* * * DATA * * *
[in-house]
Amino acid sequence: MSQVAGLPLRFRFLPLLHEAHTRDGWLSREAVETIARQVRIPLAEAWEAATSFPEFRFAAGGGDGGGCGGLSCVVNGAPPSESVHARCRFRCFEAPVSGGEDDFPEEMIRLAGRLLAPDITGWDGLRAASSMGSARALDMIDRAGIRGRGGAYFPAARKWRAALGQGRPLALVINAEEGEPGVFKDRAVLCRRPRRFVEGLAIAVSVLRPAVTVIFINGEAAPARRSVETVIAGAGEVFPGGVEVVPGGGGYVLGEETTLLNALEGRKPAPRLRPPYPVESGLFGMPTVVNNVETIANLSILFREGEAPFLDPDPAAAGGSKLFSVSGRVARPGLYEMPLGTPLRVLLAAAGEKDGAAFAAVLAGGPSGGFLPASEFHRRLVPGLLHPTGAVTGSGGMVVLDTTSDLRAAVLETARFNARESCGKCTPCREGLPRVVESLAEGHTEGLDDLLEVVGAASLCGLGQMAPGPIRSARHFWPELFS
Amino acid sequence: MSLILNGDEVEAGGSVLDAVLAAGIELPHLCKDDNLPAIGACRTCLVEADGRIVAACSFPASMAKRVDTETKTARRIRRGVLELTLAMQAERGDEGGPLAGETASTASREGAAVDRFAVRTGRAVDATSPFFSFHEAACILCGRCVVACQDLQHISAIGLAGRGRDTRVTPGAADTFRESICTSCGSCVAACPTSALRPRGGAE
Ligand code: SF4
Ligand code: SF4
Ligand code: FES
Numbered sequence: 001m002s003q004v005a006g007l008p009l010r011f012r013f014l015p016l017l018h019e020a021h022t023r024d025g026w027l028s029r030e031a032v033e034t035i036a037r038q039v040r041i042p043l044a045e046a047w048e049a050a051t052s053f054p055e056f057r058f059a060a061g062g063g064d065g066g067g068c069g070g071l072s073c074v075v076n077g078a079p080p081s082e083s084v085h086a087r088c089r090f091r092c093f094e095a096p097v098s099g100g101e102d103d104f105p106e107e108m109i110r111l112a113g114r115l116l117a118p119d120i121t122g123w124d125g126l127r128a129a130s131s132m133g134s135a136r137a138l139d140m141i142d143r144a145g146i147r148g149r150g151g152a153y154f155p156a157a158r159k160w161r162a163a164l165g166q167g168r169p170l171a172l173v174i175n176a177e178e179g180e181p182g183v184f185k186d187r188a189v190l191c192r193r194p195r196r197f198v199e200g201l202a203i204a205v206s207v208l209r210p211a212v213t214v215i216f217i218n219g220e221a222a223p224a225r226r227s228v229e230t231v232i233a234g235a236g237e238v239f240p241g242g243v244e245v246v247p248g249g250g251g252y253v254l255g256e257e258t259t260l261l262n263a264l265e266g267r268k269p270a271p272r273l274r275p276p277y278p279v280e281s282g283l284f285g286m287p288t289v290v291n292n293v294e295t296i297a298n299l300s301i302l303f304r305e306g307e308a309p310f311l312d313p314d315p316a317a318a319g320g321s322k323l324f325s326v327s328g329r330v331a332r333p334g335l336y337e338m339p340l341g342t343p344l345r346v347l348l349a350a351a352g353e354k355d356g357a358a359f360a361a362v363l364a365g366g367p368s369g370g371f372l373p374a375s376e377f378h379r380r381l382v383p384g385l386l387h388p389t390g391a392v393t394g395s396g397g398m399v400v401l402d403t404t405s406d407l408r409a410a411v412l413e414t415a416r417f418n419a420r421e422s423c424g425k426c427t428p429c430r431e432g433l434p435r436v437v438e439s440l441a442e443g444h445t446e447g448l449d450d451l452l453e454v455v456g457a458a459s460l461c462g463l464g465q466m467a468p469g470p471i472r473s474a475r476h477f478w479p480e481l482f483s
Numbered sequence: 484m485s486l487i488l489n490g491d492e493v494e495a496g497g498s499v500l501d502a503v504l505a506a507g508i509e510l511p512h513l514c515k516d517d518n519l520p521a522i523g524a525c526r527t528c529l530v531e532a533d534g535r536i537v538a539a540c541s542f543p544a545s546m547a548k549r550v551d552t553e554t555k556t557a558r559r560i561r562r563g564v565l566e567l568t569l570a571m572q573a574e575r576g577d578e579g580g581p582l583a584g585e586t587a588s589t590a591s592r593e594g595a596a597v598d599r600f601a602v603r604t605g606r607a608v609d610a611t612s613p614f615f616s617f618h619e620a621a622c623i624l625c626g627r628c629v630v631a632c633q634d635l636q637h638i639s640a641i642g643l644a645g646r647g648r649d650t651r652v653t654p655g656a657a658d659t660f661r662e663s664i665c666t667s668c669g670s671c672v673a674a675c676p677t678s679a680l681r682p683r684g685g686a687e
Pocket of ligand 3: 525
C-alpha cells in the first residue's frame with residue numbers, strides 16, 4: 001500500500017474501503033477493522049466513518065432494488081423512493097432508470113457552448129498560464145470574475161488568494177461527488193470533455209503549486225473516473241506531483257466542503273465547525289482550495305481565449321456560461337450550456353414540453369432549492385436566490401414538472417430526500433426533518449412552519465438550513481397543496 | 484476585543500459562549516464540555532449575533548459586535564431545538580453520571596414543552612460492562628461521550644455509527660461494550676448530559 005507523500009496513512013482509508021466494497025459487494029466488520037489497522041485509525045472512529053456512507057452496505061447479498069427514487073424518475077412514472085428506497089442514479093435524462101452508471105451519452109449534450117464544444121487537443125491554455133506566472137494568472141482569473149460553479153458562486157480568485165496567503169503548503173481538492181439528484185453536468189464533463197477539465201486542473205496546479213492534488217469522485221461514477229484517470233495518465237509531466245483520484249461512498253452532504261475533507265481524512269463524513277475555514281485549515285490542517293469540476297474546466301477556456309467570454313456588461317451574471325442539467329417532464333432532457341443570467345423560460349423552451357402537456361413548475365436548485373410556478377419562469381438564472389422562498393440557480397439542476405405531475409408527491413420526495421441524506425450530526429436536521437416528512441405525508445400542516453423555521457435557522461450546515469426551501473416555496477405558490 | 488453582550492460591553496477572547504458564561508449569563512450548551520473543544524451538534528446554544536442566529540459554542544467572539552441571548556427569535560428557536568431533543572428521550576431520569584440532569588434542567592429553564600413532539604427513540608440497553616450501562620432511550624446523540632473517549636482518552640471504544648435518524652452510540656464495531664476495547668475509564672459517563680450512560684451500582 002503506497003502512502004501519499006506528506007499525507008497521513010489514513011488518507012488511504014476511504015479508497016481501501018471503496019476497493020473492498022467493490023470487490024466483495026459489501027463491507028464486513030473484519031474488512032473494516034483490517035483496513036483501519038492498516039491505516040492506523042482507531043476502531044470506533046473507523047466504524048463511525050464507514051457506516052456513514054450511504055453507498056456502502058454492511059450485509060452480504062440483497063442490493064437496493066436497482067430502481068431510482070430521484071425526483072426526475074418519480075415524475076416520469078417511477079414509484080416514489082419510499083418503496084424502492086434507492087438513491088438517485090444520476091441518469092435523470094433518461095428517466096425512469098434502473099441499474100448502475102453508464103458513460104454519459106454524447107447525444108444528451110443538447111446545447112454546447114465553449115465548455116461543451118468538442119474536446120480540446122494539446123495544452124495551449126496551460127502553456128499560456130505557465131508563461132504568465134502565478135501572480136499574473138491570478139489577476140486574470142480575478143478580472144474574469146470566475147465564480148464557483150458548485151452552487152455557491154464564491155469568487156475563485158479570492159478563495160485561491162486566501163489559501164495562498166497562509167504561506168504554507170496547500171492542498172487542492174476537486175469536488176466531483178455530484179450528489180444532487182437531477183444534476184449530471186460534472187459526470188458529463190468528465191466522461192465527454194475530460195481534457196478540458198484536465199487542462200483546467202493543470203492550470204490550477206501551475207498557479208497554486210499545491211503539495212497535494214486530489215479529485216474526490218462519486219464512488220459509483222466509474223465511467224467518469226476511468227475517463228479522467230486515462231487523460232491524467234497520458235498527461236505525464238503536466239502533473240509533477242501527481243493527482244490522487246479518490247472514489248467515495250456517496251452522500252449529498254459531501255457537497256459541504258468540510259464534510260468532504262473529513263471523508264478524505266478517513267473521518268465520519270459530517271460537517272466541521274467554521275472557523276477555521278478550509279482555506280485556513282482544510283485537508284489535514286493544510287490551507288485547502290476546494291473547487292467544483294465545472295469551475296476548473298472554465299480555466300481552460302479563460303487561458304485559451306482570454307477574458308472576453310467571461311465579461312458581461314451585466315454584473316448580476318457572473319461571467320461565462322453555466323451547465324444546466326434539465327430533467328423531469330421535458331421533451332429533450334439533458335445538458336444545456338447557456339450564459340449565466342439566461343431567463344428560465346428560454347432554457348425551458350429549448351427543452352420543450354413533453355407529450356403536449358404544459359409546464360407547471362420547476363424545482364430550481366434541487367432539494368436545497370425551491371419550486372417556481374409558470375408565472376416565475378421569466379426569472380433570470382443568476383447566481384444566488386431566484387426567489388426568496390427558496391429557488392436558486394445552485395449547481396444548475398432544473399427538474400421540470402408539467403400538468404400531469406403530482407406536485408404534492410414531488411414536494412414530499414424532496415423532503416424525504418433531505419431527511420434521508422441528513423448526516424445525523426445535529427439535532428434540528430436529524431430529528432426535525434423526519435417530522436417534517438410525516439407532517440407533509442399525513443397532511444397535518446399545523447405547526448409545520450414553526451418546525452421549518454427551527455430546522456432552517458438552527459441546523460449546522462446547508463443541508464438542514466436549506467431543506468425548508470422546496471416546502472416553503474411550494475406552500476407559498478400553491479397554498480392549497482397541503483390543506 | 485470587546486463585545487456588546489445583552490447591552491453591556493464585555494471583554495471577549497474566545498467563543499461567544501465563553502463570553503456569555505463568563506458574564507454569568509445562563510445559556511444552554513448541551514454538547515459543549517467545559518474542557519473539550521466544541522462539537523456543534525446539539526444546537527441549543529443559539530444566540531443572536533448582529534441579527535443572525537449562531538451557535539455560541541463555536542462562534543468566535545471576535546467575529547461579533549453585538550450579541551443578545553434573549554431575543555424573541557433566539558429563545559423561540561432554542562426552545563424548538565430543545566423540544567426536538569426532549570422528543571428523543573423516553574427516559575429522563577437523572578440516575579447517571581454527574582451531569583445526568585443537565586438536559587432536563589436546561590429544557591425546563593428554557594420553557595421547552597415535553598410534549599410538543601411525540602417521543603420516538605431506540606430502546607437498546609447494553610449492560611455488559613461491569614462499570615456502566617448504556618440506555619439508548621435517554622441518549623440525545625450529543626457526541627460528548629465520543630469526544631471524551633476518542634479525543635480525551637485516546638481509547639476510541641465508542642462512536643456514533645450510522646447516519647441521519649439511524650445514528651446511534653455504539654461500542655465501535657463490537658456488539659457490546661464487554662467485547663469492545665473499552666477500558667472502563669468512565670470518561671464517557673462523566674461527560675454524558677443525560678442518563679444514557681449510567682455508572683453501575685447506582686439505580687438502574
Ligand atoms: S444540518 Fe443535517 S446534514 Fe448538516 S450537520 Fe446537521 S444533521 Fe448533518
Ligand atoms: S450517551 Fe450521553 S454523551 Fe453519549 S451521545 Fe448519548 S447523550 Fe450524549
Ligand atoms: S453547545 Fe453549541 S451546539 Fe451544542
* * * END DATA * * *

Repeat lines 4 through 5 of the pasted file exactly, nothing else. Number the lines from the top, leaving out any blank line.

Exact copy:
Ligand code: SF4
Ligand code: SF4